Swallowing Foreign Objects

Everyone has put something in their mouths that they’re not supposed to at some point in the life: marbles, dirt, or something. This habit usually happens when we’re children, still exploring things and still with the compulsion to use our mouths to do so. These two facts together usually make children more susceptible to swallowing foreign objects. There’s a little news article going around (August 21st) about a six-year-old who swallowed a set of magnet toys. He got sick pretty quick and needed surgery to remove them.

Now, when I say foreign object, I don’t mean “Made in China.” Just for anyone who needs clarification, a foreign object in terms of the human body is anything that’s not supposed to be there—such as swallowed toys. So all toys, not just those from China, are foreign objects to the body.

Moving on. If you know your child or friend or even yourself (not judging) has swallowed a foreign object, do not eat or drink anything unless given an OK by your doctor. If you need surgery to remove the object, you’re going to have to have an empty stomach or risk suffocating on vomit when they give you anaesthesia.

Speaking of vomit, trying to throw up the object is also a big “NO.” You can cause more damage to your stomach and throat by doing so. Or it could get stuck part way up and you may start choking.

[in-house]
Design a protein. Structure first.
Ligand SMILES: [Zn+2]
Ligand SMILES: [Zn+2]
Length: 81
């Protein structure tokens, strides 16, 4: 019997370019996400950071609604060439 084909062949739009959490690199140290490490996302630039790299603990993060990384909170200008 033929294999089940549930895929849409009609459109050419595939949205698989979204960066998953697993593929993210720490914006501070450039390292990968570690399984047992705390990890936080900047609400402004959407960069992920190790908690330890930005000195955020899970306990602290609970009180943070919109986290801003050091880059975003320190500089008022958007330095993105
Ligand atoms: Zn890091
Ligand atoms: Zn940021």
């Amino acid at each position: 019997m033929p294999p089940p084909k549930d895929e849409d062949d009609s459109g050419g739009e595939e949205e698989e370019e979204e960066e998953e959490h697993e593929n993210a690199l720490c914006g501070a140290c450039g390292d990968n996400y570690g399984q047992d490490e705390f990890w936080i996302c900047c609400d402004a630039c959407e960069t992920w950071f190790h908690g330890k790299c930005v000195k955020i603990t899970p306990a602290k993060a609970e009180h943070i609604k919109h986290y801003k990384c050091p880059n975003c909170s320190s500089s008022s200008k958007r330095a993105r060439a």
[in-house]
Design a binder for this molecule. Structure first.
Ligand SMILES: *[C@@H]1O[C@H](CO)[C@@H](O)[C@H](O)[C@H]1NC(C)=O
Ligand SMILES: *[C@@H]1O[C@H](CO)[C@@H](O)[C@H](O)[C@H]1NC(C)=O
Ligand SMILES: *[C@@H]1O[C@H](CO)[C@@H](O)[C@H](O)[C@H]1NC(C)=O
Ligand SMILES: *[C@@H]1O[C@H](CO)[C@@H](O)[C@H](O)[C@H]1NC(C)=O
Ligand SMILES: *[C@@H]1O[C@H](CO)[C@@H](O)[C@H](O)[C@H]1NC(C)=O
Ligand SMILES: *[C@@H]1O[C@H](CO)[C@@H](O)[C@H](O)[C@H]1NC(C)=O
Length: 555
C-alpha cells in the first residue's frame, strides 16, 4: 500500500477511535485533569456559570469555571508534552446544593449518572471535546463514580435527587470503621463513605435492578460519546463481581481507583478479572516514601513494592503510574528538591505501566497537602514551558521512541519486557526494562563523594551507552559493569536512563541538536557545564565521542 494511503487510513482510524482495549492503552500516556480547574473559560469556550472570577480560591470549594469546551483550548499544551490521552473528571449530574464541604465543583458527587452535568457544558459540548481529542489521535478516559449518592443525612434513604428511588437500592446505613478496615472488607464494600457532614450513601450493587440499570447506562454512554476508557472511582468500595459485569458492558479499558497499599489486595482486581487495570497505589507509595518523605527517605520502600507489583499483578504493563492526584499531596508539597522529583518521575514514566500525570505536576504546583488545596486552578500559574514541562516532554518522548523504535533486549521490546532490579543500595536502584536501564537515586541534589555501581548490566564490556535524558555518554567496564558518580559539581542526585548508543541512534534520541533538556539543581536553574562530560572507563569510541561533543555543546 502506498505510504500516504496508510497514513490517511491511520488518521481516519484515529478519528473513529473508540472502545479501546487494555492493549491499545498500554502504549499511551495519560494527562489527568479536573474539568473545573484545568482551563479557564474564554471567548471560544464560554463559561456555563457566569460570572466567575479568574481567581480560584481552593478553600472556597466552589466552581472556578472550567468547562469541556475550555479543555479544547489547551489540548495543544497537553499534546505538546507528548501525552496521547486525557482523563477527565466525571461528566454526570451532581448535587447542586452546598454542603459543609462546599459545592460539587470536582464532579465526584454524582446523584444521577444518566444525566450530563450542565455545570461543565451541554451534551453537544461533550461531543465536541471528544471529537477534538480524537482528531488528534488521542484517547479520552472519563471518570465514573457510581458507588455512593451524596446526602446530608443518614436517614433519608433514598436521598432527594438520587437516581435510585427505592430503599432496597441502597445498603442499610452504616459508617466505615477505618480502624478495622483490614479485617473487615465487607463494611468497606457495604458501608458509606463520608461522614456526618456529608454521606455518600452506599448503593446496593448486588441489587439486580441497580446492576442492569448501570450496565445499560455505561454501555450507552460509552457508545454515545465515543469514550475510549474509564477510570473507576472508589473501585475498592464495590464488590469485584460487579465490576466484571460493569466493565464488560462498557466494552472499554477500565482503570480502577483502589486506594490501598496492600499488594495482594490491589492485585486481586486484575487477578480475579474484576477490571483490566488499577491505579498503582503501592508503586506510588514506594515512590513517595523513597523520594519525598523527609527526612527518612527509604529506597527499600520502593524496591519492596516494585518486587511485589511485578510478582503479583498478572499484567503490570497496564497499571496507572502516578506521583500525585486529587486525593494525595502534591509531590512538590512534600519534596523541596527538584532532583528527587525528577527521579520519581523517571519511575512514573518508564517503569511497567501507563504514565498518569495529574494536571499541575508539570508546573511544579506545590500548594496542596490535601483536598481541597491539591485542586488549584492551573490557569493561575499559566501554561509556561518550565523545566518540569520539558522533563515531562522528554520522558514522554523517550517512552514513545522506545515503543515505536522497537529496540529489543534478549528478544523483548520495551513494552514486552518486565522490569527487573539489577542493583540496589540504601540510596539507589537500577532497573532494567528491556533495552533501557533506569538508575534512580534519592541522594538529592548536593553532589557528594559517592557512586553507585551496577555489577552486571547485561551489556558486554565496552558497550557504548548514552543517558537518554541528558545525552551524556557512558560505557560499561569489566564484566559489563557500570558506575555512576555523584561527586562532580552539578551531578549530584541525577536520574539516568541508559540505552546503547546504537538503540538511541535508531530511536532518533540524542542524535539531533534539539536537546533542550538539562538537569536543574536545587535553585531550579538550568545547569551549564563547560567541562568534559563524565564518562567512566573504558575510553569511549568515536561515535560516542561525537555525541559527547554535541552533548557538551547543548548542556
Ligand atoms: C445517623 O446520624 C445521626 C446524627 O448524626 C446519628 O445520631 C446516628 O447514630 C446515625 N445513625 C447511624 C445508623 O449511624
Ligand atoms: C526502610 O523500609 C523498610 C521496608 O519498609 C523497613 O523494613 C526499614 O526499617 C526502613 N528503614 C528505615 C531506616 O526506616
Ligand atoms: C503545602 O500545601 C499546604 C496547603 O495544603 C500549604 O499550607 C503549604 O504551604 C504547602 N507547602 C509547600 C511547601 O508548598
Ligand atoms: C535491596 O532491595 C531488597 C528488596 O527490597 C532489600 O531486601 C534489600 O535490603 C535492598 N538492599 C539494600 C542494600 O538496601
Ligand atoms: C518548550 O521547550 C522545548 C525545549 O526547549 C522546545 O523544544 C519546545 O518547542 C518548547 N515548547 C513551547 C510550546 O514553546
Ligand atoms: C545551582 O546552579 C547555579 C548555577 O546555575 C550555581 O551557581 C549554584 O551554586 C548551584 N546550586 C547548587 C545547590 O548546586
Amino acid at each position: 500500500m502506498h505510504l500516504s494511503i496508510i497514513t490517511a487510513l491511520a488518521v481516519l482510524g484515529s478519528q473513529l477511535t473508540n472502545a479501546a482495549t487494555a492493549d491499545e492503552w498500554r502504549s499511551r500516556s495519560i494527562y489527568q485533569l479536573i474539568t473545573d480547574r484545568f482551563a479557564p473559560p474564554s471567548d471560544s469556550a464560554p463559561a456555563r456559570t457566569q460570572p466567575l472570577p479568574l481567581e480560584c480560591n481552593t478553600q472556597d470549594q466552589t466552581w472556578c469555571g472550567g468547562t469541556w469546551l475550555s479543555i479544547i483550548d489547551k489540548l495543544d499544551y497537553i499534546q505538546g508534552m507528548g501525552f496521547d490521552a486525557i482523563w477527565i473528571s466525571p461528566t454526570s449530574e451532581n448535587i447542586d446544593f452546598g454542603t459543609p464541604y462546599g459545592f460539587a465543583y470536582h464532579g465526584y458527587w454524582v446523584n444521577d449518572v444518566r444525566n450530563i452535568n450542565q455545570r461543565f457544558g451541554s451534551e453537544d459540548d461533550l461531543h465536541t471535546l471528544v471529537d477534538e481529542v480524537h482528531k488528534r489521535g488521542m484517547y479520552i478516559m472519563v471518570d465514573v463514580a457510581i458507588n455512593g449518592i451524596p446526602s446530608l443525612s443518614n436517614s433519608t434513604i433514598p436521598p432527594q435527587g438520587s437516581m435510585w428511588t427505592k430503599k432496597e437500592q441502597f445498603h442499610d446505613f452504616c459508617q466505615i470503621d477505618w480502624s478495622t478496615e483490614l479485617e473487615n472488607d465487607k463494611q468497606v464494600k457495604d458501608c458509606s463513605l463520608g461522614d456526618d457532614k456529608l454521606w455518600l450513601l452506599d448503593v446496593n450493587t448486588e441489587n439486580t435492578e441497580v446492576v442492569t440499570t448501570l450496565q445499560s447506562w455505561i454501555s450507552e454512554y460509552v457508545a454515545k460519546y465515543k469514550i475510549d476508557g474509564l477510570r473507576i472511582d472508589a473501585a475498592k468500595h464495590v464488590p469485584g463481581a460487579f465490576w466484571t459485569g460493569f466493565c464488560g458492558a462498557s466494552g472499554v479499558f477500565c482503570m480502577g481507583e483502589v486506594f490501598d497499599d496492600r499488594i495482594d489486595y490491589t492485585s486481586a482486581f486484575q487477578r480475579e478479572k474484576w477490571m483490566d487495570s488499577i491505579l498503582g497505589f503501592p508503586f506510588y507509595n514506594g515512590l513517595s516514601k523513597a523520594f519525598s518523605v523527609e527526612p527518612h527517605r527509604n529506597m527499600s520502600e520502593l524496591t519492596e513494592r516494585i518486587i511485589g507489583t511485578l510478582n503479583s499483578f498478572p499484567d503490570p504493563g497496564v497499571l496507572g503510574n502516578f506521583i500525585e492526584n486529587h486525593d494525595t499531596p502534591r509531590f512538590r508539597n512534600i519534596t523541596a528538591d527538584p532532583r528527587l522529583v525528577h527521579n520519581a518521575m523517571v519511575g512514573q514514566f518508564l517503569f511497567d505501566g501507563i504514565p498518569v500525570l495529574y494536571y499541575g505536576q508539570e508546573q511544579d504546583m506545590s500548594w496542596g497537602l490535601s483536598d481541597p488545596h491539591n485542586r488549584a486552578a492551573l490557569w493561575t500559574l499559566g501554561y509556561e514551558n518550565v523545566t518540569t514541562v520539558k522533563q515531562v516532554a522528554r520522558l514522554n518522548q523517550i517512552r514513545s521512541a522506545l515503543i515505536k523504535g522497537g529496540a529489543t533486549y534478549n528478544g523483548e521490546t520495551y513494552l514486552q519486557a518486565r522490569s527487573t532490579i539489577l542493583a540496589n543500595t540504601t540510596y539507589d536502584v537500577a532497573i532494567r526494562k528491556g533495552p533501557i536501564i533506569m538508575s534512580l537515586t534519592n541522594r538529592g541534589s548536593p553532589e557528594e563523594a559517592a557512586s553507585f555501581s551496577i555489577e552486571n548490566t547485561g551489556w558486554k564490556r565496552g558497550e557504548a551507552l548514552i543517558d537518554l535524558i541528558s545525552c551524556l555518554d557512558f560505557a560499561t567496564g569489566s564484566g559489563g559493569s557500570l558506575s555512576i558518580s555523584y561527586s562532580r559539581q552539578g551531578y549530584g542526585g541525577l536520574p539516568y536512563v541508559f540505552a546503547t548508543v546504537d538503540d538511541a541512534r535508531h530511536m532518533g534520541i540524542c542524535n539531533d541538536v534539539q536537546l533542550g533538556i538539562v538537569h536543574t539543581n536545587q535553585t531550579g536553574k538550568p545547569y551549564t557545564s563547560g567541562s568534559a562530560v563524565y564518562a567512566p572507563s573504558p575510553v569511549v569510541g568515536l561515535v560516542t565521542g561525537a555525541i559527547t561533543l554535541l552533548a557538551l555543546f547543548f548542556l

Most object will pass through the system within 4 – 6 days, but if it hasn’t after two weeks, contact your doctor. You should, however, let them know if you’ve had severe stomach pains or bloody stools as soon as possible.

Now, there are a few objects in which the danger caused by the swallowed objects jumps considerably. Pointed objects such as toothpicks or bones are pretty obvious. They can cause big problems as they move through the system. The same goes with objects larger than 18mm. Magnets and batteries are a VERY BIG PROBLEM! Magnets can stick to each other throughout the digestive tract and get stuck while batteries can cause burns, severe bleeding, and even death.


As usual, it’s best to prevent these things before they happen. Teach your children not to point foreign objects in their mouths and resist the urge to do so yourself. Chew on something edible (gum, celery, food in general) if you need to. People need water in their life, try sipping on that instead. Anything to not risk swallowing something dangerous.

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